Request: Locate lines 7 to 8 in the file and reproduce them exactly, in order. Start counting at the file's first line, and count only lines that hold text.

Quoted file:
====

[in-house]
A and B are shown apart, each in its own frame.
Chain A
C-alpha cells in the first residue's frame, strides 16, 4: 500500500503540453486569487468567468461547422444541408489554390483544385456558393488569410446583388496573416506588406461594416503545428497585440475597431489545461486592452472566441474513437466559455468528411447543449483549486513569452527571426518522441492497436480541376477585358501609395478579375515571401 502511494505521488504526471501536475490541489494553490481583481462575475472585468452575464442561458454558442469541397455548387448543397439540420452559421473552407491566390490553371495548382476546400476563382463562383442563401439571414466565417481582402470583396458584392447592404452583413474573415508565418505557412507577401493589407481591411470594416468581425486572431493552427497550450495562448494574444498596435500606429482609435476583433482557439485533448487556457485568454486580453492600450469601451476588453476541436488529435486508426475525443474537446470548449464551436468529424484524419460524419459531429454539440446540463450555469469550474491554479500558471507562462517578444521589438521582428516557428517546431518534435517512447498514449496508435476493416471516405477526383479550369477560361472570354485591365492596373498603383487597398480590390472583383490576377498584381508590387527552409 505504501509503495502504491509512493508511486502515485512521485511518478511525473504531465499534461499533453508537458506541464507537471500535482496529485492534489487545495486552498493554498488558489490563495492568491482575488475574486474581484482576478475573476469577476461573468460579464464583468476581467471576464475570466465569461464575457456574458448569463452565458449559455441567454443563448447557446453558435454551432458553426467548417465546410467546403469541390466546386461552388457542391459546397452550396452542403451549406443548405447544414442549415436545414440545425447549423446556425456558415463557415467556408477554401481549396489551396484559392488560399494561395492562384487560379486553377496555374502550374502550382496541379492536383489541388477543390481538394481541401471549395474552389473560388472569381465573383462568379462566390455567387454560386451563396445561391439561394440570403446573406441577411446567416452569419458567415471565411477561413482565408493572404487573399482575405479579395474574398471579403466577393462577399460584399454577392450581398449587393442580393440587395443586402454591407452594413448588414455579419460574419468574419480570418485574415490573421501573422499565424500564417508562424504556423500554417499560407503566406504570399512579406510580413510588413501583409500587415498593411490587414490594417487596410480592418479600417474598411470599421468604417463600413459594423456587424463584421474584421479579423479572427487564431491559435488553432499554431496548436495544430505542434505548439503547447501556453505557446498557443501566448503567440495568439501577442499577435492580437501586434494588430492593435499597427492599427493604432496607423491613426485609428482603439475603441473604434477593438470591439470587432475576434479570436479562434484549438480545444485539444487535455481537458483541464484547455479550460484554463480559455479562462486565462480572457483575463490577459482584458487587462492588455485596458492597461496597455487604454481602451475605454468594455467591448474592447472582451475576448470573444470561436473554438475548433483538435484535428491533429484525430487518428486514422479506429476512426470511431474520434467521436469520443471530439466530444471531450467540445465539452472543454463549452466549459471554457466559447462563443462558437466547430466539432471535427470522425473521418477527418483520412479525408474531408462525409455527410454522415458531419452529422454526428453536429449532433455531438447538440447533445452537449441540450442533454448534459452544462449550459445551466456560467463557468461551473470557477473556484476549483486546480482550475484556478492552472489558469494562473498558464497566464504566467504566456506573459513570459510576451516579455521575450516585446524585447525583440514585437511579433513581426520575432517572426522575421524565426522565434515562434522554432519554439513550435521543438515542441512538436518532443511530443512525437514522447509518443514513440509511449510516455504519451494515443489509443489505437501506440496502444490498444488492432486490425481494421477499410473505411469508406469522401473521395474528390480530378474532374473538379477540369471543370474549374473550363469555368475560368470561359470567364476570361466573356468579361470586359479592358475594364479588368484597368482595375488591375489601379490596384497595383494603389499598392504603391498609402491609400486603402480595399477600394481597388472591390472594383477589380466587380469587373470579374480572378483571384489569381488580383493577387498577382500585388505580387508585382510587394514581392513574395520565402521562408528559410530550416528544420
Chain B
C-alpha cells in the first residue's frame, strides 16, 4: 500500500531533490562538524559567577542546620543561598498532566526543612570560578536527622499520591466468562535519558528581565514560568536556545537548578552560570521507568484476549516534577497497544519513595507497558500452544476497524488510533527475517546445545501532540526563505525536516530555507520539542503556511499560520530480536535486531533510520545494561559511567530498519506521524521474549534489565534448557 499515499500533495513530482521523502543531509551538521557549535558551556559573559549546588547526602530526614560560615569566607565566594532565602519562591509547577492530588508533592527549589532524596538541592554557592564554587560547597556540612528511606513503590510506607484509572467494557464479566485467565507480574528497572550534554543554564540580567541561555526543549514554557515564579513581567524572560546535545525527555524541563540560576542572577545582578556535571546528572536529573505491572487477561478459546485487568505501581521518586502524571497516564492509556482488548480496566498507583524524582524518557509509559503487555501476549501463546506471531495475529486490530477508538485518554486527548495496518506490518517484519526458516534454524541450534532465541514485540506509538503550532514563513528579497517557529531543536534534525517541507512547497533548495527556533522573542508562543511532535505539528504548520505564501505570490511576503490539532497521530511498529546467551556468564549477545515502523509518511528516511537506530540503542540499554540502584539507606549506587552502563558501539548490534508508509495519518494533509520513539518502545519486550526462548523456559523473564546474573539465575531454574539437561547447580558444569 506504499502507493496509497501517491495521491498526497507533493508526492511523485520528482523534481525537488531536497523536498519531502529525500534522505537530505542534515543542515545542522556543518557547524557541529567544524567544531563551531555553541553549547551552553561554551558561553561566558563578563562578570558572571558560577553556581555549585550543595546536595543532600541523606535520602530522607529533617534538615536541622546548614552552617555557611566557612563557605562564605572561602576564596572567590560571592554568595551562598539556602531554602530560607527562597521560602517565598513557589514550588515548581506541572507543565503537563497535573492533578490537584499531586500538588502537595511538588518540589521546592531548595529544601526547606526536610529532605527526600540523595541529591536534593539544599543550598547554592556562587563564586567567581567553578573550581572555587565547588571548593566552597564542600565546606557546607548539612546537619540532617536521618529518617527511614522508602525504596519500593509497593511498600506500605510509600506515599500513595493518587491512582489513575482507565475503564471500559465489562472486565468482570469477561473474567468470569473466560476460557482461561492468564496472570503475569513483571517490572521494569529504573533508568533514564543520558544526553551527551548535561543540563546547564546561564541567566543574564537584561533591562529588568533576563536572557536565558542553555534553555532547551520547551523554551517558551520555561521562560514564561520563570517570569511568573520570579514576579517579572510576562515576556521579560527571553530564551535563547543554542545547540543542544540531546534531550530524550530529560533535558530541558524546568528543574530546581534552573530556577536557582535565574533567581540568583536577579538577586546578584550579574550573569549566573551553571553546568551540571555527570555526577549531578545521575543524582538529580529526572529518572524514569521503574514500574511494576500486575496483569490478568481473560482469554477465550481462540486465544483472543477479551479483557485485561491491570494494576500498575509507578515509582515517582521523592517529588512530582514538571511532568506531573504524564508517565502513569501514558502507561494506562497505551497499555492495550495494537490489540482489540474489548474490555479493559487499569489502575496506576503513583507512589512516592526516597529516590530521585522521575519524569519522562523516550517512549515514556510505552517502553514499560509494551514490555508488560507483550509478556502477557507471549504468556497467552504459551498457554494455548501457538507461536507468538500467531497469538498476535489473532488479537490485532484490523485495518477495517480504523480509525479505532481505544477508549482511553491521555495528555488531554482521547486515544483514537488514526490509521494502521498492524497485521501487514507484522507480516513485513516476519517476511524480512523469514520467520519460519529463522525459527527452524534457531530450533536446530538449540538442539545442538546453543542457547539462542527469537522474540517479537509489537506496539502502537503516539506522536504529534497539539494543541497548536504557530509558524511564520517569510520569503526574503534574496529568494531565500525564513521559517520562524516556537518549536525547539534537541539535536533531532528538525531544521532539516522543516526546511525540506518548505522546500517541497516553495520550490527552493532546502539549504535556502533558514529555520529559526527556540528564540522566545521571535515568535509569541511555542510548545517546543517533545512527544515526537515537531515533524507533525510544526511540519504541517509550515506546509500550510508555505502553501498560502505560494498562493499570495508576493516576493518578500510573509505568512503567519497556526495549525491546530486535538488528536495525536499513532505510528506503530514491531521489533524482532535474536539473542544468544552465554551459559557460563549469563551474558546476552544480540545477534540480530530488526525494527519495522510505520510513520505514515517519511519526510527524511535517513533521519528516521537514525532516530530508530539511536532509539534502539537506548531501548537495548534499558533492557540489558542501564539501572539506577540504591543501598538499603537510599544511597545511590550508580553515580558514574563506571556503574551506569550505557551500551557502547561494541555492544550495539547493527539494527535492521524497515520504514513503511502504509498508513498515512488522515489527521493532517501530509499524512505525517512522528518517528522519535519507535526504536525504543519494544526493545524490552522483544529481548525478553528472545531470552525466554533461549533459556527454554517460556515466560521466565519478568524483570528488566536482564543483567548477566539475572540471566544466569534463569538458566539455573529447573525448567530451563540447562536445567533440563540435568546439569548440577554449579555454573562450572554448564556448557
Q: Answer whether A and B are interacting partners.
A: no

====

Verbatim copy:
Q: Answer whether A and B are interacting partners.
A: no